German imbalance and European tensions

Sergio de Nardis 02 December 2010

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Is Germany the model to imitate? If we consider its GDP growth in 2010 (more than 3.5%, against a rise of 1% in the rest of the Eurozone) and the success of its products in global markets, there should be no question. In Europe, so the argument goes, we should all try to do what the Germans do.

But this conclusion is based on a false reality. With its large and persistent trade surplus (7% of GDP on average since 2002), Germany is a generator of tensions, rather than stability, in the Eurozone. Its export-led model works, in part, at the expense of European partners, with around 60% of the surplus going towards the Eurozone (85% including the other EU member countries, see Figure 1)1. If all European countries tried to become like Germany, disruptive mercantilist attitudes would surely result. 

Figure 1. Geographic distribution of German surplus - 2009

Source: Bundesbank

An asymmetric shock in the Eurozone

A virtuous phenomenon is at the origin of the German trade surplus – an extraordinary acceleration of productivity that allowed German firms and products to gain shares in world demand. However, technological progress was not diffused across all sectors of that economy. It concentrated in the manufacturing industry, which is fully exposed to international competition, while sectors with non-traded products were largely excluded. A similar sector gap characterised other Eurozone countries, but in those cases imbalances were much less dramatic. In Germany, manufacturing total factor productivity rose, in 2002-2007, by 19% relative to the stagnant level of the other sectors. In the rest of the Eurozone meanwhile, the divide was only 6% on average (8%, in terms of hourly productivity; see Figure 2).

Figure 2. Total factor productivity

Source: Euklems

This imbalance caused destabilising effects within Europe similar to those following German unification. In the early 1990s it was an asymmetric demand shock to disrupt the European Monetary System while in the 2000s it has been an asymmetric supply shock in the traded sector to strain the common-currency area. The relative price change of European countries, necessary for macroeconomic rebalancing, was determined in 1992 by a traumatic modification of exchange rates and an effective real appreciation of the deutsche mark. Nowadays, with the euro, the real-exchange-rate appreciation of the German currency can’t rely (hopefully) on the same process – instead it has to materialise through an increase of German inflation above the Eurozone partners.

What should have happened and… what actually happened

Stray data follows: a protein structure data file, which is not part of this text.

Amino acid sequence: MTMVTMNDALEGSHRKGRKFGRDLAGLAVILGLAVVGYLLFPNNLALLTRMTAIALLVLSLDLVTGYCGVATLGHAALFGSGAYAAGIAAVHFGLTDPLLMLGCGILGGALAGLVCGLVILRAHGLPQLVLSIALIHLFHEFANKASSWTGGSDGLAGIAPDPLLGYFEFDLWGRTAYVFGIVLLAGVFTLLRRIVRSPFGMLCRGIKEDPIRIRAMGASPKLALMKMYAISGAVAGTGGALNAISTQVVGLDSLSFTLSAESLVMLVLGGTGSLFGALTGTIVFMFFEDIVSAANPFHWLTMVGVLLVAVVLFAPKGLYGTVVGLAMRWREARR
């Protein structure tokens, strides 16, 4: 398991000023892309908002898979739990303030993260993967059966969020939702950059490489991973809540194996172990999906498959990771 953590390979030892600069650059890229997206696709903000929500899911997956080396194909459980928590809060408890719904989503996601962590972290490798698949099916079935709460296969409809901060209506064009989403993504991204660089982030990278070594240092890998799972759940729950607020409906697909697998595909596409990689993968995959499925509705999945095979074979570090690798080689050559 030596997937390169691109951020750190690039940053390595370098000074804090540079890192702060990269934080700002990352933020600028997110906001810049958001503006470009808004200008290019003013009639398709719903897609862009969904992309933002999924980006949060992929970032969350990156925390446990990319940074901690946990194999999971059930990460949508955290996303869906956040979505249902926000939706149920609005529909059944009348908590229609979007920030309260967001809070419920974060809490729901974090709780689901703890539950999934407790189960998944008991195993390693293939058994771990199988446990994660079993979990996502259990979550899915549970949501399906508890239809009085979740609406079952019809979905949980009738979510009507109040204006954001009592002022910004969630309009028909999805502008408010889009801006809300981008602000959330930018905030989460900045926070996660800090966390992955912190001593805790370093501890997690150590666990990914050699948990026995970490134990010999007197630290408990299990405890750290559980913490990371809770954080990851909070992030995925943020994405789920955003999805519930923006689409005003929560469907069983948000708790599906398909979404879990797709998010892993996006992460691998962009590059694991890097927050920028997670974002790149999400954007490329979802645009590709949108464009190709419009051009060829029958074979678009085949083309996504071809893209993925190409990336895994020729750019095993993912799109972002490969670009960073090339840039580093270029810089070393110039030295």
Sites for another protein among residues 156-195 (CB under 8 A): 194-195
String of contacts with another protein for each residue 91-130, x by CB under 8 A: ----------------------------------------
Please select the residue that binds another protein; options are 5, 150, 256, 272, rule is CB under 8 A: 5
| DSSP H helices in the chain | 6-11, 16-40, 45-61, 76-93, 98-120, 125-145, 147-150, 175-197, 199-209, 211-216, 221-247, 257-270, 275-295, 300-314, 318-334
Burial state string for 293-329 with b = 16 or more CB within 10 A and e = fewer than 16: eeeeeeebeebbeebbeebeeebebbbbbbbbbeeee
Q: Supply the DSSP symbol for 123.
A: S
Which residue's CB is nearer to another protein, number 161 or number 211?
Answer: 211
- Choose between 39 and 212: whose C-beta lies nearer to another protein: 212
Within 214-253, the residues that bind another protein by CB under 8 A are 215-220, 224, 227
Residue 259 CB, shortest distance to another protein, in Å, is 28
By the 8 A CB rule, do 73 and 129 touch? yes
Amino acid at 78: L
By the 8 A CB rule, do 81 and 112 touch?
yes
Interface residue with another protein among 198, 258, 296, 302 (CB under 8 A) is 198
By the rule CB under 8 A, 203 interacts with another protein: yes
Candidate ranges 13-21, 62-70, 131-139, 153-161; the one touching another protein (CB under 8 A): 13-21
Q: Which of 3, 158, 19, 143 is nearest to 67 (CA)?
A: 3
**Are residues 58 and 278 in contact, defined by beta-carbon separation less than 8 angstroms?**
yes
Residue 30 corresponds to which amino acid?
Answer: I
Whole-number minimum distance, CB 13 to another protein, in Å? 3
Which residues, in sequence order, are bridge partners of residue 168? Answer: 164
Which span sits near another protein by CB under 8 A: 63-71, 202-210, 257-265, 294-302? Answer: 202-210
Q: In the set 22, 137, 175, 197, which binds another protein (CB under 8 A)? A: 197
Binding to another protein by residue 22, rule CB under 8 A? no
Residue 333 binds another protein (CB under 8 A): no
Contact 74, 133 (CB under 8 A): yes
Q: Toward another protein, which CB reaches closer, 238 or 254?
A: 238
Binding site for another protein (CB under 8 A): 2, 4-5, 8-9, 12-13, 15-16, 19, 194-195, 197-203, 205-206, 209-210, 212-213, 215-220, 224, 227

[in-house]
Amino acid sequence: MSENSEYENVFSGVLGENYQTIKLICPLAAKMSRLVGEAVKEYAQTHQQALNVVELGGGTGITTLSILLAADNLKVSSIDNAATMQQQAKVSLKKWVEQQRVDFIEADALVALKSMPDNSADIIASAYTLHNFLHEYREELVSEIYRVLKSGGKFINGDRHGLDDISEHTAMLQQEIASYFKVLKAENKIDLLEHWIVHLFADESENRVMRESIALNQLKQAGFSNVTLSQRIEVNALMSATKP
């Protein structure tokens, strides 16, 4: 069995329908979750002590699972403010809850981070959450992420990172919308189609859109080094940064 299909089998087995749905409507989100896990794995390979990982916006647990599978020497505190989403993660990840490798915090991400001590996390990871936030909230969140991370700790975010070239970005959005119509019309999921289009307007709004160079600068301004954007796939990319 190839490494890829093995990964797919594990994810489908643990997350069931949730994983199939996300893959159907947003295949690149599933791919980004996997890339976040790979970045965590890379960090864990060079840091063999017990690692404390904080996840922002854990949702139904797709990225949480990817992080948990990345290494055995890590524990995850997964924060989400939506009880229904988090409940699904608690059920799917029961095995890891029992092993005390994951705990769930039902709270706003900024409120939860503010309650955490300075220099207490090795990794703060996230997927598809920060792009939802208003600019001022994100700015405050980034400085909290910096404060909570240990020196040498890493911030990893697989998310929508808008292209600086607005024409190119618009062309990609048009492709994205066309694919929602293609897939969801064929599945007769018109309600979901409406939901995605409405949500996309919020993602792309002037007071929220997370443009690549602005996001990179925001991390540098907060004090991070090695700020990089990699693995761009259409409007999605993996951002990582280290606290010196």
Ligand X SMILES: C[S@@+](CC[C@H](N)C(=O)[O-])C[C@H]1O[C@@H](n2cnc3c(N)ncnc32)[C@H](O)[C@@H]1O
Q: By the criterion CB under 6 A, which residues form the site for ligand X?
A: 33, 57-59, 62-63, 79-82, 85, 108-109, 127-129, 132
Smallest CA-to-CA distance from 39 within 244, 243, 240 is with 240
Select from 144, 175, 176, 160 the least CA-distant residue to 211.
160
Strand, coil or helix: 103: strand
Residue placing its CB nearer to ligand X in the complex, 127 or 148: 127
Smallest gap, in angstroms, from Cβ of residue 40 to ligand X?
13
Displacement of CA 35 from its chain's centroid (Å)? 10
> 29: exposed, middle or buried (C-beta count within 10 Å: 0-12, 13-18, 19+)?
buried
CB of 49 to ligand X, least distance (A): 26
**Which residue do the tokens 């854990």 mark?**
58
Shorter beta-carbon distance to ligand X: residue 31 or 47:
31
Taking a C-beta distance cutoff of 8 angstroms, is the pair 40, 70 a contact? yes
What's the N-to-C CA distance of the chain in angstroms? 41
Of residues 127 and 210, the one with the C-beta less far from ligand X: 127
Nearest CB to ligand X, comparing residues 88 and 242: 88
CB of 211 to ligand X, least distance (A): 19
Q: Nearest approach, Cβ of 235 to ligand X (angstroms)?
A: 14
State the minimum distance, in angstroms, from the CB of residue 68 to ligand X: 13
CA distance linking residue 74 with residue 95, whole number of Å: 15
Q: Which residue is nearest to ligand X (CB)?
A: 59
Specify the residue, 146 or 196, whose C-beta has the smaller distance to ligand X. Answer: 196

Without exchange rates, the adjustment mechanism should be brought about by the biased technological progress itself, as illustrated by such old, but insightful, two-sector schemes as the Scandinavian model and Balassa-Samuelson effect (see Swan 1963, Aukrust 1977, and Dornbusch 1980). Rise in demand for manufacturing goods and labour, induced by biased productivity shock, should lead to wage increases in that industry. The latter would diffuse to the (mostly sheltered) other sectors that did not benefit from gains in efficiency, causing there an increase of prices with respect to manufacturing and giving rise to an acceleration of inflation relative to other economies. This would permit the shift of relative prices to the new equilibrium compatible with restoration of internal and external balance.

But things in Germany went the opposite way. Per-capita wages in manufacturing did not rise with productivity. On the contrary, in 2002-2007 they dropped by 14.5% relative to the value of the average product of labour. In 2008-2009, there was a reversion of this trend, but it was largely a temporary phenomenon related to the crisis (in all countries profits were played as buffers in the recession), as subsequent movements of the wage share have shown (Figure 3).

Figure 3. German manufacturing: Per-capita real wage/labour productivity (wage share)

Source: Eurostat

Failing a wage boost from manufacturing, there was no significant rise of relative prices of sheltered sectors. Actually, relative prices increased much less in Germany than in the rest of the Eurozone (Figure 4). As a result German per-capita wages and prices, for the whole economy, declined by about 10% compared with their trade partners (Figure 5) and the European macroeconomic equilibrium moved further and further away. Indeed, adjustment would have required, given cross-country sectoral gaps in productivity trends, an almost mirror-like movement of German inflation relative to their partners2.

Figure 4. Relative price: Manufacturing/ other sectors (sector value added deflators)

Source: Eurostat

Figure 5. Per-capita wage and prices: Germany / rest of the Eurozone

Source: Eurostat

Depressive impulse and distortions in the Eurozone

What occurred in Germany was the result of internal political choices, democratic expression of preferences of the social actors of that country3. Yet in a fully integrated area without exchange rates, those choices have an influence on the neighbourhood. This is a sensitive matter of European governance largely ignored by the European discussion on the functioning of a monetary union and absent in the reform proposals of the Pact, only aware of negative-sign imbalances.

The missing German adjustment is depressing the Eurozone and is leading policymakers to attach too-large-a weight, fraught with distortions, to the role of manufacturing and exports for economic growth. Without a German rebalancing, the burden of re-equilibrium falls wholly upon the euro partners, who have to generate the required inflation differential, lowering their price and wage dynamics below the German ones. This is a negative impulse for the Eurozone. Negative output gaps inherited from the recession are doomed to perpetuate, while efforts towards fiscal correction of peripheral countries are made more and more difficult.

At the same time, the need to correct the imbalance has led policymakers to try – all at once – to repeat what has been done in Germany. By doing so they are emulating the manufacturing-biased expansion and neglecting productivity improvements in the other sectors. This is almost an inescapable path, but not a desirable one in the medium- to long-run. The bulk of expenditure by European citizens is not in transformed goods; most (about 60%) is devoted to services, distribution and public utilities, characterised by low efficiency and scarcely substitutable with imports. It follows that lagging progress in protected sectors imposes structural constraints to the purchasing power of consumers whose expenditures, not by accident, have stagnated during the entire euro experience.